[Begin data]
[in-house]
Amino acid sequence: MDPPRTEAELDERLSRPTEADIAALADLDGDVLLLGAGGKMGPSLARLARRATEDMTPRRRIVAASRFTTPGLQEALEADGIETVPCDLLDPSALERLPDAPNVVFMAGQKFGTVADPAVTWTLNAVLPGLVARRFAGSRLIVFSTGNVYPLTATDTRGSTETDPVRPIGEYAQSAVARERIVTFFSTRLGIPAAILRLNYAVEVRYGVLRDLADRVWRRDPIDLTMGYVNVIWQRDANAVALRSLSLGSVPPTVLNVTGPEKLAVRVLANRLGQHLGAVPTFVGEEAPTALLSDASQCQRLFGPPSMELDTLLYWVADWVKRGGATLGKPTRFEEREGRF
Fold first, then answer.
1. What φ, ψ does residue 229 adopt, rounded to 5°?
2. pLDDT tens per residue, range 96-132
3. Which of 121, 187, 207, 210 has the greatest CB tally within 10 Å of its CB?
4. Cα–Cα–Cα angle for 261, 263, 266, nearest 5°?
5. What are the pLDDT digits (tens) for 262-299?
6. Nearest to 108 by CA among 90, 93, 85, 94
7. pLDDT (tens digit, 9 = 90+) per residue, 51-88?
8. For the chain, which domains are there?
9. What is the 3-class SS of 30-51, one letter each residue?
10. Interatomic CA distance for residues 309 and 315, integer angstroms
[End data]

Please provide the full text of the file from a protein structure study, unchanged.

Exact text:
[in-house]
Amino acid sequence: MDPPRTEAELDERLSRPTEADIAALADLDGDVLLLGAGGKMGPSLARLARRATEDMTPRRRIVAASRFTTPGLQEALEADGIETVPCDLLDPSALERLPDAPNVVFMAGQKFGTVADPAVTWTLNAVLPGLVARRFAGSRLIVFSTGNVYPLTATDTRGSTETDPVRPIGEYAQSAVARERIVTFFSTRLGIPAAILRLNYAVEVRYGVLRDLADRVWRRDPIDLTMGYVNVIWQRDANAVALRSLSLGSVPPTVLNVTGPEKLAVRVLANRLGQHLGAVPTFVGEEAPTALLSDASQCQRLFGPPSMELDTLLYWVADWVKRGGATLGKPTRFEEREGRF
Fold first, then answer.
1. What φ, ψ does residue 229 adopt, rounded to 5°?
2. pLDDT tens per residue, range 96-132
3. Which of 121, 187, 207, 210 has the greatest CB tally within 10 Å of its CB?
4. Cα–Cα–Cα angle for 261, 263, 266, nearest 5°?
5. What are the pLDDT digits (tens) for 262-299?
6. Nearest to 108 by CA among 90, 93, 85, 94
7. pLDDT (tens digit, 9 = 90+) per residue, 51-88?
8. For the chain, which domains are there?
9. What is the 3-class SS of 30-51, one letter each residue?
10. Interatomic CA distance for residues 309 and 315, integer angstroms